How To Write An Introduction by Lynn Reynolds

How to Write an Introduction: Your Three-Step Guide to Doing It Better, and Doing It Faster

Whatever you’re working on, you too can write excellent introductions by rethinking your writing process, and by taking a tip from journalism.

1.    Write Your Introduction Last

Seriously. That’s because I’ve lost count of the number of times I’ve seen writers stuck at the first sentence because they’re trying to write the introduction first.

But if you think about it, getting stuck is only natural: how on earth are you meant to introduce anything if you haven’t written it yet?

In real life you probably wouldn’t try to introduce a complete stranger to your best friend. And if you did, you’d soon run out of things to say. Why? Because you know nothing about the stranger.

So, go away and write your essay, story or article first, then come back to the introduction. Bar any substantial edits, it should always be the last thing you write.

Otherwise, you’ll find that you need to come back and rewrite it, possibly quite a few times.

2.    Think About the Function of Your Introduction

When you’re told how to write an introduction at school or university, you’re encouraged to think of your introduction as a signpost to the main body of your piece.

I think that’s fair enough, but it’s just the tip of the iceberg. It’s better to think about your introduction from a psychological perspective rather than an anatomical one – about the effect it has on your readers.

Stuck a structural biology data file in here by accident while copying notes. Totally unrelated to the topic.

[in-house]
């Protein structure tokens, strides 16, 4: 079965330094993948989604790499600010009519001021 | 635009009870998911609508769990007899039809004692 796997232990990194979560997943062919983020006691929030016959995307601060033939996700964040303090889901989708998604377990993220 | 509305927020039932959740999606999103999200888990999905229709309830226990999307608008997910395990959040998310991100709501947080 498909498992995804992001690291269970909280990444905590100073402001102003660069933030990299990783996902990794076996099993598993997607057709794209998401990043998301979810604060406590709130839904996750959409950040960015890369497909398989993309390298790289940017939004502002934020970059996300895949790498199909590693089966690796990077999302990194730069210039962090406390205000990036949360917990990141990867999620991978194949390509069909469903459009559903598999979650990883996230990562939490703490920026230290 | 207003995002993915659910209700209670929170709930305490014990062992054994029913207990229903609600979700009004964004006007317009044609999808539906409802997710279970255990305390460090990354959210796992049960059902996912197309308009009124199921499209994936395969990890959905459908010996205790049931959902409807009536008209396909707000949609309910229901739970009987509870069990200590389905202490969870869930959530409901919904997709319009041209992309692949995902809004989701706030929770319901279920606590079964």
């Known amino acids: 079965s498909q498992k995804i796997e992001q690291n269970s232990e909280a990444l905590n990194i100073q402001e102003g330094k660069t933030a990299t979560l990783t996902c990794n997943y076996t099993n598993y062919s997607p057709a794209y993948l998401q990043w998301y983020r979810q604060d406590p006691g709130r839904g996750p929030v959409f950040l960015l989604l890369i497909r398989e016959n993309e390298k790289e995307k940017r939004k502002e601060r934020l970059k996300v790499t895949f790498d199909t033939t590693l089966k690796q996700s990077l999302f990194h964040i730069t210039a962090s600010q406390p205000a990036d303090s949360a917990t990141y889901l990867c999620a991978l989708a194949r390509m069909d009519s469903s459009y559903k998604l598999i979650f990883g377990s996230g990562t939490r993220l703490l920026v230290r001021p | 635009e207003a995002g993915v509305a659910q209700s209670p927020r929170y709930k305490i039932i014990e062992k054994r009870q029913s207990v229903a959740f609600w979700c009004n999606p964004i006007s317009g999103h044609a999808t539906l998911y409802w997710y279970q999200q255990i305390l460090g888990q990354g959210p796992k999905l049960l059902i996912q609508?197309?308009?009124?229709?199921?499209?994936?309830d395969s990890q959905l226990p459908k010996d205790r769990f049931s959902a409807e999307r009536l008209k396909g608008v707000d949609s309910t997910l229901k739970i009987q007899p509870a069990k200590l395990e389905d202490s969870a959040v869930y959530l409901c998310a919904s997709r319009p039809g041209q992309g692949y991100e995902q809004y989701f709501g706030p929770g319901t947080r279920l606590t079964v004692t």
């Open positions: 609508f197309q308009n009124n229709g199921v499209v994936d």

In any piece of writing, the purpose of the introduction is to prime your readers, and make them receptive to what you have to say.

So yes, it has to be a comprehensive signpost. But it must also be easy to take in, and appealing. Unless you’re writing for a tabloid, clarity and simplicity win the day.

That’s why, when learning how to write an introduction, we can benefit from looking at the way journalists approach the task.

3.    Take a Tip from Journalism

Start to think of your introduction in terms of ledes, or standfirst, names given by journalists to the first paragraph in a news story. The ledes often appear in bold type, a larger font, or italics, depending on the publication in question.

This blog post has one, if you recall. But just so you don’t have to scroll all the way back up to the beginning, here’s another example I just snapped on my phone, from The Guardian:

Freezing conditions cause multiple deaths and travel disruption, with temperatures plunging below minus 30C in some regions

As you can see, there’s nothing fancy about this introductory paragraph. It’s short, it’s easy to read, and even if you didn’t go on to peruse the rest of the story, you’d be left with a good idea of its content and its tone.

I think it’s fair to say that an effective introduction is more of a microcosm than a signpost.

How to Write an Introduction: The Quick Read

Journalists don’t write introductions; they write ledes. You should do the same. And your lede should be the last thing you write.

Here’s an article telling you exactly how to construct a first-class lede. I always use this method when I’m writing introductions, even if it’s the first line of an email, or the beginning of a report.

As long as you keep the tone of the lede consistent with the main body of your work, this approach transfers brilliantly to every kind of writing.

Got questions or problems? Just write them in the comments section below, or catch up with me on Twitter.

Lynn is the founder and quality-maven-in-chief of Lexis Writing, a collective of expert writers creating high quality content and copy for businesses in the UK and beyond.

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